Our top five chairs designed by architects
Obviously these designs aren’t necessarily favourites for practicality or comfort. Instead these are chairs that reflect the individual architect's underlying idelogy as much as their unique style.
Alvar Aalto. Arm-rest chair No. 31. 1931
The Finnish architect was also responsible for a huge range of distinctive design pieces – and you can see such work at the Alvar Aalto Museum (designed by Aalto himself) in his hometown of Jyväskylä.
Frank Lloyd Wright. Barrel chair. 1937.
Wright was renowned for designing a wide range of furniture to suit the celebrated style of his buildings. His barrel chair would have looked perfectly at home perched near a window at the legendary Falling Water.
Arne Jacobsen. Egg chair. 1958.
The Danish architect and designer first conceived this piece for the lobby of the Royal Hal in Copenhagen. Commissioned to design not just the hotel building but also every element inside it, Jacobsen delivered an altogether iconic chair in the process.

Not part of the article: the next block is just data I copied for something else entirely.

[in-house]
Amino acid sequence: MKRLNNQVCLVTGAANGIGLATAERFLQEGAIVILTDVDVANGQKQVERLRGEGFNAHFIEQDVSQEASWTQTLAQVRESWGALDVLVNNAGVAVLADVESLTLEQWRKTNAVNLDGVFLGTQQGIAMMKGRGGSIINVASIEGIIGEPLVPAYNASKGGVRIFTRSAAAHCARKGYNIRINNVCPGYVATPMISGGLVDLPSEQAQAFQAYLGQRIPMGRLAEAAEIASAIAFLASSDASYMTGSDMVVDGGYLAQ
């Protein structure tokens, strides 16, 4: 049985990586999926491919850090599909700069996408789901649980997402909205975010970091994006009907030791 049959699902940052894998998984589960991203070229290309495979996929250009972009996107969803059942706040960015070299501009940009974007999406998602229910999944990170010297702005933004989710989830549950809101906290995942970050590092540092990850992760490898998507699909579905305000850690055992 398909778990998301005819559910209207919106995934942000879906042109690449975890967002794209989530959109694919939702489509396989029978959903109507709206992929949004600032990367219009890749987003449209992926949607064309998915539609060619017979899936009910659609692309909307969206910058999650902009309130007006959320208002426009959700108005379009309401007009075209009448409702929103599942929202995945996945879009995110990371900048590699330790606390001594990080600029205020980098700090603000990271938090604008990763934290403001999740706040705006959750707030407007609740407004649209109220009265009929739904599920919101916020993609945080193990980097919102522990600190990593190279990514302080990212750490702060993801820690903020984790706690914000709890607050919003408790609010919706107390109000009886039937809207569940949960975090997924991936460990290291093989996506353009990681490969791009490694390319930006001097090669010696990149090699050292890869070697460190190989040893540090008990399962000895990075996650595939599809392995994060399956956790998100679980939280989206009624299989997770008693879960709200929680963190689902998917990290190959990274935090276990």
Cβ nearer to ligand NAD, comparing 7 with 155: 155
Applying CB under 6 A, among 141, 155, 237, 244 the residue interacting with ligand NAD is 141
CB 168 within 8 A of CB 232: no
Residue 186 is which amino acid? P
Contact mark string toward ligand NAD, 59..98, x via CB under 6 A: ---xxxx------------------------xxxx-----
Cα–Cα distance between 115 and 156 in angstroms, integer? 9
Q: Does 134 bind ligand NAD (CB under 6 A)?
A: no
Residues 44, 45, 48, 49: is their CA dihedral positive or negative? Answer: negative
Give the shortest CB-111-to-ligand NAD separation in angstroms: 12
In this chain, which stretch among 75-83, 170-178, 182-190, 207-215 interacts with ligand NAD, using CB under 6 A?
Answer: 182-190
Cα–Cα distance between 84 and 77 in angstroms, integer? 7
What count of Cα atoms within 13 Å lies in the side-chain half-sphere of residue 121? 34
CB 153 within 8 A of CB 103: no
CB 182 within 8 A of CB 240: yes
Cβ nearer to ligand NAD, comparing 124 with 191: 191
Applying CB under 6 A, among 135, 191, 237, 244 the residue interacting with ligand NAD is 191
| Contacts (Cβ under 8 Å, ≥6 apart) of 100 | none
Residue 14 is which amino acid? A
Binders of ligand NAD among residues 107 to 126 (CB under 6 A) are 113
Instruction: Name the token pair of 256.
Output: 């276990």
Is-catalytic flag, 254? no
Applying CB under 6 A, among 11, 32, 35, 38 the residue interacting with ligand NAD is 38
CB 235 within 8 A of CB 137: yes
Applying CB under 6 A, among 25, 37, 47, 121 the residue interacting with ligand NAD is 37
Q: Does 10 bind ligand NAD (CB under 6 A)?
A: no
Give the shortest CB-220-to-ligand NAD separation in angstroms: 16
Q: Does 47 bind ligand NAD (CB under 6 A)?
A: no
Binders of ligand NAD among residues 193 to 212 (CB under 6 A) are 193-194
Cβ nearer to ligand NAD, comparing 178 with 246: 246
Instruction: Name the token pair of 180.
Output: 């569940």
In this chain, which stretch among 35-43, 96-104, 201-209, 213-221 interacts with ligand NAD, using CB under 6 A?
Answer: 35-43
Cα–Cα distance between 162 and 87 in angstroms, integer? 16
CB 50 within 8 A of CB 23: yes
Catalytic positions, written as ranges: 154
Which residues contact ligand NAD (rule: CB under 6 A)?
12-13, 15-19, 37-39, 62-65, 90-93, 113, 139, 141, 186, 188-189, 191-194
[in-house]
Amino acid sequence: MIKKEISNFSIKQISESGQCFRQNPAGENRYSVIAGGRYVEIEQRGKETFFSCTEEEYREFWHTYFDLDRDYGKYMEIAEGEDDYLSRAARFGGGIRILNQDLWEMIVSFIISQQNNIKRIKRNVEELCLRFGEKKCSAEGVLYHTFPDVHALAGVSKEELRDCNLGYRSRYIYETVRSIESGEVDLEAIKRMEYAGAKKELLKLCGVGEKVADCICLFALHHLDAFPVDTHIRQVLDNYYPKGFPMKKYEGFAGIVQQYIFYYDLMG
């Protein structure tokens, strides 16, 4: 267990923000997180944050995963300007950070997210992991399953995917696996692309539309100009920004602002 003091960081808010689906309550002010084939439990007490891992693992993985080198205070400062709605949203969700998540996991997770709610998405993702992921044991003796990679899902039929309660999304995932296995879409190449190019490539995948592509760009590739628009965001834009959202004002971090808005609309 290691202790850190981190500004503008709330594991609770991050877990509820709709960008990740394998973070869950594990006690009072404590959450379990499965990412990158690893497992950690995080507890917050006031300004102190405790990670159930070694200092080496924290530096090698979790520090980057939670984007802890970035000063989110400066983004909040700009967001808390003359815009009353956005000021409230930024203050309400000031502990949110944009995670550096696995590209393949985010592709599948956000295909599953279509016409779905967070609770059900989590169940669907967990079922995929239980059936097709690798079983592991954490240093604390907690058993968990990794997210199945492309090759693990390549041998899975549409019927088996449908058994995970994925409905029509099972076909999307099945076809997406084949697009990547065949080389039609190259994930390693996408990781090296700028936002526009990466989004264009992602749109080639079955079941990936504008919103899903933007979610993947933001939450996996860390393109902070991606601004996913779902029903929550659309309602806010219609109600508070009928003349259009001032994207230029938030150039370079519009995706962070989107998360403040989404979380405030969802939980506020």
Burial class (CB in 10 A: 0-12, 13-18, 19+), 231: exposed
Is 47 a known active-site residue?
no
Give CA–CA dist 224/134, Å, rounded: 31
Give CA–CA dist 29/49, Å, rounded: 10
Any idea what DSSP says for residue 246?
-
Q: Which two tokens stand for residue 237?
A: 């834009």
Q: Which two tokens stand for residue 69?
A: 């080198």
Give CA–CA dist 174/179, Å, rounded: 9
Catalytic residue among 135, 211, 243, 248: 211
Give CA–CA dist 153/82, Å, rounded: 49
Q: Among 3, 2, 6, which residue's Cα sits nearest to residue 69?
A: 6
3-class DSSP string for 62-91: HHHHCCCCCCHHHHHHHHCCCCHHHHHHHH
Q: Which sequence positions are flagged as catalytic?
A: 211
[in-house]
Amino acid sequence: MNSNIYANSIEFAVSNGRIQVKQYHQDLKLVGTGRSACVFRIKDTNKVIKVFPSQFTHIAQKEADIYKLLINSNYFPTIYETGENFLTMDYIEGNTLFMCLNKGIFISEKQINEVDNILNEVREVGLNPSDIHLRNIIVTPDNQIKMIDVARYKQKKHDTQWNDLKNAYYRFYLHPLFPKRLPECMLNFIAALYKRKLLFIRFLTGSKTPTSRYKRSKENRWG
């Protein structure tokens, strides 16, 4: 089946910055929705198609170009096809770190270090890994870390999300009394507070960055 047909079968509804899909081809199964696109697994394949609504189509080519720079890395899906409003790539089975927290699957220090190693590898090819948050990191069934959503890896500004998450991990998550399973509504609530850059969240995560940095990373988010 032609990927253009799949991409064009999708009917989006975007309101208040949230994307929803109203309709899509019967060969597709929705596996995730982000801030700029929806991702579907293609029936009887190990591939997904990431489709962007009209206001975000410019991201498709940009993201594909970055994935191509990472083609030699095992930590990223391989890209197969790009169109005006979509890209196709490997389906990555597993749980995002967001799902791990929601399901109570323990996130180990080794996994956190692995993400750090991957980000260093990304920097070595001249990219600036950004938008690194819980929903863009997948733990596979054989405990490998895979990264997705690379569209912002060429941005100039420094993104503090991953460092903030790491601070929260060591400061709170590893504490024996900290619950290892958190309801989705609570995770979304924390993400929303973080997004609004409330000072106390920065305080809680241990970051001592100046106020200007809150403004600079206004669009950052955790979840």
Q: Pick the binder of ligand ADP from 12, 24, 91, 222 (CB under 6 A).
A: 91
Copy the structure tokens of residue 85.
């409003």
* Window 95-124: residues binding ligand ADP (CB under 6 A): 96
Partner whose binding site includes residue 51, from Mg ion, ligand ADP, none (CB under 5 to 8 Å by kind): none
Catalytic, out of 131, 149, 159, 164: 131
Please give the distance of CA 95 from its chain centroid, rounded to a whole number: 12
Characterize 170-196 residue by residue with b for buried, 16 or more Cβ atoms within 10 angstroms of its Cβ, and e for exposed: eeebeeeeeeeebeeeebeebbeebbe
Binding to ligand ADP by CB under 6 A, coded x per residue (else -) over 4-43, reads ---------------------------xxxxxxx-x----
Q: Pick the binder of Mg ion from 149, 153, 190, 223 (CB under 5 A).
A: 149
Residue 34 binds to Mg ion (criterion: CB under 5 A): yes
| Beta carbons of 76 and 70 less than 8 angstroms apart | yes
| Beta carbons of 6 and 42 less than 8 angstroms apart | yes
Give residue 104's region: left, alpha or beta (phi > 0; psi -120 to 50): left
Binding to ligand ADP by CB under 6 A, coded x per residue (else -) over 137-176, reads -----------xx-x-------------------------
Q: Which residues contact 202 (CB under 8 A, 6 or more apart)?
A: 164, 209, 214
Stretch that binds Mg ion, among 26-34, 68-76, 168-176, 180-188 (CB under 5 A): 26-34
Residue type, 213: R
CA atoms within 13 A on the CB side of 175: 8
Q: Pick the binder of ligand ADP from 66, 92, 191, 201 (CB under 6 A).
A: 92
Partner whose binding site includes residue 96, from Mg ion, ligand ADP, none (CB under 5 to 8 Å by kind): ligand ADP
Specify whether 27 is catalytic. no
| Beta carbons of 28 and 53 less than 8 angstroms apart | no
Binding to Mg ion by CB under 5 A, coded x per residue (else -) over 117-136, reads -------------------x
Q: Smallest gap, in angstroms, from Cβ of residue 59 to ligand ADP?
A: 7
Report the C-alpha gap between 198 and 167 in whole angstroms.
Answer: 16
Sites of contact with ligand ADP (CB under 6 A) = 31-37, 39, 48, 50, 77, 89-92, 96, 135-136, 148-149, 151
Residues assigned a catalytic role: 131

Frank Gehry. Wiggle chair. 1972.
With the same bold curves his buildings are renowned for Gehry’s cardboard construction is at once fascinating, stylish and just a little bit scary for those taking a seat for the first time.
Daniel Libeskind. Torq chair. 2010.
Intricate, weighty and hard to look away from, the Torq chair is inspired by Leonardo’s inscription of the human figure. Whether it’s suited for delivering comfort and relaxation to this figure is another matter altogether.